A flood of crude and gas weighed on oil as other commodities seemed to want to go higher. Does supply matter anymore? That was the question I heard more than any other as some were disappointed that we did not see a bigger bearish reaction to yesterday's Department of Energy weekly supply report as provided by their Energy Information Agency division. The EIA not only reported that oil demand hit the lowest level since December, as we are in the heart of shoulder season, but that crude oil inventories surged ahead by 1.9 million barrels last week. That bearish build, based upon market expectations, put supply at 355.9 million barrels which is still well above the five year average. Supplies in the NYMEX delivery point in Cushing are also rising.
Now if that wasn't bearish enough for you, how about gasoline stocks increasing by 3.6 million barrels last week? Gasoline production gasoline output hit 9.396 million barrels per day the highest level since Oct 2 and according to Dow Jones the highest production level in the month of April since 1982. Or perhaps the fact that distillate fuel inventories rose by 2.1 million barrels. Or what about the fact that total commercial petroleum inventories increased by 10.7 million barrels last week, and are above the upper limit of the average range for this time of year. Why oh why were we not much lower after this bearish cornucopia of data?
Well there were a couple of reasons. Last week, we saw a mysterious drop in imports into the East Coast. Well guess what happened this week? You guessed it. A mysterious surge in East Coast imports. Ok, maybe not so mysterious. It looks like the EIA played catch up this week. The EIA reported that over all US crude oil imports averaged 9.6 million barrels per day last week, up 733 thousand barrels per day or a whopping 8.3% from the previous week. That put imports at the highest level since last September with the biggest increase of 355,000 barrels per day coming on the East Coast. Imagine that! It seems we got two weeks of imports wrapped up into one which may have lightened up some of the bearish impact.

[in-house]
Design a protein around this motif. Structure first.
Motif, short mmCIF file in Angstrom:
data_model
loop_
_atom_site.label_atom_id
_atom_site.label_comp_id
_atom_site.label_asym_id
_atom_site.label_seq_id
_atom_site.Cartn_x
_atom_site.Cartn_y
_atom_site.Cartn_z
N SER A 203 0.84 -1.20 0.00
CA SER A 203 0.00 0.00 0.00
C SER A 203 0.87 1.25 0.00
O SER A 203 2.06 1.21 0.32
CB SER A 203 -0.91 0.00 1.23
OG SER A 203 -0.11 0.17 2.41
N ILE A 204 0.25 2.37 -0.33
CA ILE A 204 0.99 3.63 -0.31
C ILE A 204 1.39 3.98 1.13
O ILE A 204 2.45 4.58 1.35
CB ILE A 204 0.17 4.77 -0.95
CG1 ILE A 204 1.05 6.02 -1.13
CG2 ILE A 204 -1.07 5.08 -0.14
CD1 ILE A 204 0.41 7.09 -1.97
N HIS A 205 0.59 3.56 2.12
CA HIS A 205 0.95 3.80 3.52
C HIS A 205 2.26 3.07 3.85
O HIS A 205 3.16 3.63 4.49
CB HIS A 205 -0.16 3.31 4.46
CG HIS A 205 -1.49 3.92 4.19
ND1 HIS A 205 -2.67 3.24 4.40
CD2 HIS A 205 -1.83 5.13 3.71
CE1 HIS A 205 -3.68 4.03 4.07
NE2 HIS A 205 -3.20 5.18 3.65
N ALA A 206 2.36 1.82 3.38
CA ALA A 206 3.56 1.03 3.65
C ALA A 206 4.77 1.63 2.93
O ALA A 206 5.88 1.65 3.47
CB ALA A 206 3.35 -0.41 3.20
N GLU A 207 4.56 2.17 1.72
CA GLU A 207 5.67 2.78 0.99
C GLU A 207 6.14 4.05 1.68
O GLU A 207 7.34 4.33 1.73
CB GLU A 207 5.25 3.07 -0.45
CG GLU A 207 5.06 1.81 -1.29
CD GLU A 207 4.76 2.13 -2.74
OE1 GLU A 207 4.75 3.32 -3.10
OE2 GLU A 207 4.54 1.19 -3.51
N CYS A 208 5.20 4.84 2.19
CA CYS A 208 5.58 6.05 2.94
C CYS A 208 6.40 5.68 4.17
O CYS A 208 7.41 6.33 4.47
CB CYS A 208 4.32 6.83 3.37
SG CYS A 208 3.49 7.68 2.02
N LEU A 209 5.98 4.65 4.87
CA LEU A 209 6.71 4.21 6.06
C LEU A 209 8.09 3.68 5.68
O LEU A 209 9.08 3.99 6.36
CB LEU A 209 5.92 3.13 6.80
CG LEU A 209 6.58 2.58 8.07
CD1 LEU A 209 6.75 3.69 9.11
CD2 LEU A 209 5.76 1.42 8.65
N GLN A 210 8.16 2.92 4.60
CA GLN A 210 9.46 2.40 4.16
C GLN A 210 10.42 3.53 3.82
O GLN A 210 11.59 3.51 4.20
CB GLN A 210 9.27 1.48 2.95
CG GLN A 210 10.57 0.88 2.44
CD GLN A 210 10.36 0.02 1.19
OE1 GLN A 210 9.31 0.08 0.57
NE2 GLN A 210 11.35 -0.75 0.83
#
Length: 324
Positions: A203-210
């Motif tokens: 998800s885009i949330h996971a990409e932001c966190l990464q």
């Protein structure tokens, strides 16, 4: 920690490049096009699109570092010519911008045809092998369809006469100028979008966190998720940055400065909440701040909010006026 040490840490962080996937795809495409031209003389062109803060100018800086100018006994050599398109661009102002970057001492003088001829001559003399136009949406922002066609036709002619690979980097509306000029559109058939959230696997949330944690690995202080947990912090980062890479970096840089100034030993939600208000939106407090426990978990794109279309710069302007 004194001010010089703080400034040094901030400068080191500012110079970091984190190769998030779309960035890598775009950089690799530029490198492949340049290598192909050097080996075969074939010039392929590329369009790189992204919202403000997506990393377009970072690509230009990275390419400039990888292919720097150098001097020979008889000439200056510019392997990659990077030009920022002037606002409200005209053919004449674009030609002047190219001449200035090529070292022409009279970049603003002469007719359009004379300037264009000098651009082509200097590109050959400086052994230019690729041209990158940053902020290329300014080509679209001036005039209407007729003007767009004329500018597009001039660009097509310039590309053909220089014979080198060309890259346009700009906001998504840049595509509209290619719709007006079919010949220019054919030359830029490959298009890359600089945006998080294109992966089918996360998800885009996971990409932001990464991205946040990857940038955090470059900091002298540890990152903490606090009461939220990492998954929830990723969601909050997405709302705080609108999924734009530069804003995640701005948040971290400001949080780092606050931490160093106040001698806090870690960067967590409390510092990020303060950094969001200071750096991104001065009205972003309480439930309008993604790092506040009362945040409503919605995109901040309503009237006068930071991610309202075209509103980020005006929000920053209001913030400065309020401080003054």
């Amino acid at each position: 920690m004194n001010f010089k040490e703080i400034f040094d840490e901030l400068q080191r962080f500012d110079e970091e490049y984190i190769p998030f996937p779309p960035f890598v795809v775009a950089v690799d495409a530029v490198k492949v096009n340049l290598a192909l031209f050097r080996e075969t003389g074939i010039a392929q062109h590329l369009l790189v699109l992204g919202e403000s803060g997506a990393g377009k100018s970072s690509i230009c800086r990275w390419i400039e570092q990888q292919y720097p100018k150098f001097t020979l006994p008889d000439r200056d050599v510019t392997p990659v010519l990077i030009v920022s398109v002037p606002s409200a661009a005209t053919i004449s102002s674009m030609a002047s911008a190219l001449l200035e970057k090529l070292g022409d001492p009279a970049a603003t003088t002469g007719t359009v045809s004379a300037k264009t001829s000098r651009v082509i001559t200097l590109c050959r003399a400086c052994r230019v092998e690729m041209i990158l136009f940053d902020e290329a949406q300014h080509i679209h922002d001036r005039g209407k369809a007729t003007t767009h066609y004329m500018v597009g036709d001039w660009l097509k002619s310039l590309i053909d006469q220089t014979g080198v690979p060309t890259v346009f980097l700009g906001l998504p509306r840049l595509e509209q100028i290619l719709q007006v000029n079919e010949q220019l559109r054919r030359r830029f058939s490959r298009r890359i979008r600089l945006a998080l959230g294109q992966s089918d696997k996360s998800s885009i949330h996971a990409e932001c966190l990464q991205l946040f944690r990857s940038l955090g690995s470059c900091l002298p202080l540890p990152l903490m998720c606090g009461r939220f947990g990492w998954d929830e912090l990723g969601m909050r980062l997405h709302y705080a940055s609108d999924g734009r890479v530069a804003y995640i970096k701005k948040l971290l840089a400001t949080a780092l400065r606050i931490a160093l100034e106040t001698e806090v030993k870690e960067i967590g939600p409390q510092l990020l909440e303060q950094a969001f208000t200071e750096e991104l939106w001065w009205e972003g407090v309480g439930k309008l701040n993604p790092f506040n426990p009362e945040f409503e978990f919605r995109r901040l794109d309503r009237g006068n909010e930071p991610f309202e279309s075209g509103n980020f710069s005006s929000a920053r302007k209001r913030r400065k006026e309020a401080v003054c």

Over the last four weeks, crude oil imports have averaged 9.3 million barrels per day, 29,000 barrels per day above the same four-week period last year. Total motor gasoline imports (including both finished gasoline and gasoline blending components) last week averaged 756 thousand barrels per day. Distillate fuel imports averaged 106 thousand barrels per day last week.
The other reason was the usual suspect, China. Reports of double digit demand growth numbers for oil seemed to make some want to forget about those glutinous US supplies. The IMF also raised China’s economic growth forecast. Still at the same time China is not using all the oil that they are importing. Their supplies are rising as well. Dow Jones reports that China's commercial crude oil stockpiles rose 1.2% on month in March to 28.54 million metric tons or around 209.2 million barrels, Xinhua news agency's OGP newsletter reported Thursday. Xinhua noted the figure excluded crude oil held in China's strategic oil reserves. The Chinese government doesn't officially publish data on its crude oil stocks. The Xinhua report cited data from its Xinhua 08 financial information platform. The nation's gasoline stocks fell 2% last month to 6.25 million tons, while diesel inventories dropped 8.2% to 10.58 million tons, Xinhua said. That was as farmers in China took to the fields.
Oil supplies are building, and the outside supports that have been driving oil is making it harder for oil to drive higher.
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